«Buses and trains are not corona virus hotspots». It’s the strong position of the association of German transport companies VDV, that is taking the occasion of a political debate to underline how national and international studies haven’t so far demonstrated high risk of infection on public transport vehicles.

«If the current Coronavirus-related rules are followed and prudent behaviour is observed, the risk of infection in public transport is very low. For our passengers even less than for the employees. This is because many of our customers only stay in the vehicle for a relatively short time, and this with a permanent exchange of air through the door openings and air conditioning systems» says Ulrich Jaeger, Chairman of the NRW State Group of the VDV.

On the topic of safety on public transport, UITP has released a new Policy Brief in October which discusses the situation in public transport with COVID-19.

VDV: «Buses and trains are not Coronavirus hotspots»

source: www.berlin.de

Public transport is not a Coronavirus hotspot

«The SPD faction in the NRW state parliament wants to discuss whether the Coronavirus infection risks in public transport are underestimated in a debate in the state parliament today. The transport companies in North Rhine-Westphalia are very irritated about this, because in this opinion there is no factual basis for this», says the VDV in a press note.

Ulrich Jaeger, Chairman of the NRW State Group of the VDV: «To put it clearly: bus and train are not Coronavirus hotspots. The view that the low number of cases in public transport is merely due to the difficulty of proving it is not correct. This is a fact, as various national and international scientific studies and industry surveys have repeatedly confirmed: there is no increased risk of infection in public transport due to the compulsory wearing of masks, the constant exchange of air via the air conditioning systems and the automatic opening of the doors, as well as the reduced speech behaviour of passengers in the vehicles».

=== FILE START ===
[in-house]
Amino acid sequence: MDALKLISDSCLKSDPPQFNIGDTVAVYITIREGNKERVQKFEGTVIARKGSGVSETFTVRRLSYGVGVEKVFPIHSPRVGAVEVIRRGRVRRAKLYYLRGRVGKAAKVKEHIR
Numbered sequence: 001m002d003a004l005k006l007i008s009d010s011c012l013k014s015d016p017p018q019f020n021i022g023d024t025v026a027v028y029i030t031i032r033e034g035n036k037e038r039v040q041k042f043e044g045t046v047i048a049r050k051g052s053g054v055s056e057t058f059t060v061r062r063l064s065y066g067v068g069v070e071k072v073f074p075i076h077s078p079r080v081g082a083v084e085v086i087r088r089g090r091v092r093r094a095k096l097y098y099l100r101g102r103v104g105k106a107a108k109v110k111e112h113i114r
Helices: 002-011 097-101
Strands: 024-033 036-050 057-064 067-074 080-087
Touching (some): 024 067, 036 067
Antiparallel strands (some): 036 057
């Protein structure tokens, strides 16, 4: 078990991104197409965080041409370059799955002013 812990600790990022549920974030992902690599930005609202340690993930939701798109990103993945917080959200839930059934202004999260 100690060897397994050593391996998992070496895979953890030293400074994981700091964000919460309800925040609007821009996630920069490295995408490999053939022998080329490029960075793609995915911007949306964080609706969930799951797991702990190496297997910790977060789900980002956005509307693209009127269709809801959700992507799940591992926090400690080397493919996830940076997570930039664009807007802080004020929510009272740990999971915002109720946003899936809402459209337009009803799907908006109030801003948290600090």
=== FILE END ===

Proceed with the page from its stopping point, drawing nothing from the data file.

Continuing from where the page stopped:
A recent survey by the VDV industry association also underpins the scientific studies. Jaeger goes on: «The VDV has received feedback from 94 local transport companies from all over Germany. Among the almost 80,000 employees there have been a total of 233 confirmed Coronavirus infections since the beginning of the pandemic in March, of which only nine colleagues have demonstrably become infected during their work. The number of infections was particularly low among employees who spend several hours a day in buses and trains for work-related reasons and have direct customer contact» says Jaeger.

International studies on Coronavirus in public transport

The VDV underlines that the risk of infection in public transport is no higher than in other public places: this is the result of several independent and scientific studies from Germany and abroad. At the end of June, for example, the Charité Research Organisation examined around 1,000 employees of Deutsche Bahn with the aim of gaining scientific findings on the risk of Covid-19 for employees and passengers. The most recent study was conducted by scientists who examined the risk of infection in the London Underground. «The result in all studies: there is no increased risk of infection in the vehicles», Jaeger continued.

In Austria, the Food Security Agency has reconstructed chains of infection with the help of local authorities, and has not identified infection due to public transport infection, still explains the VDV. «A research group at the University of Tokyo was also unable to find chains of infection with reference to buses and trains in about 3,000 cases investigated. And a survey by the “New York Times” among local transport companies concludes that there have been no mass infections in public transport in the metropolis of New York either».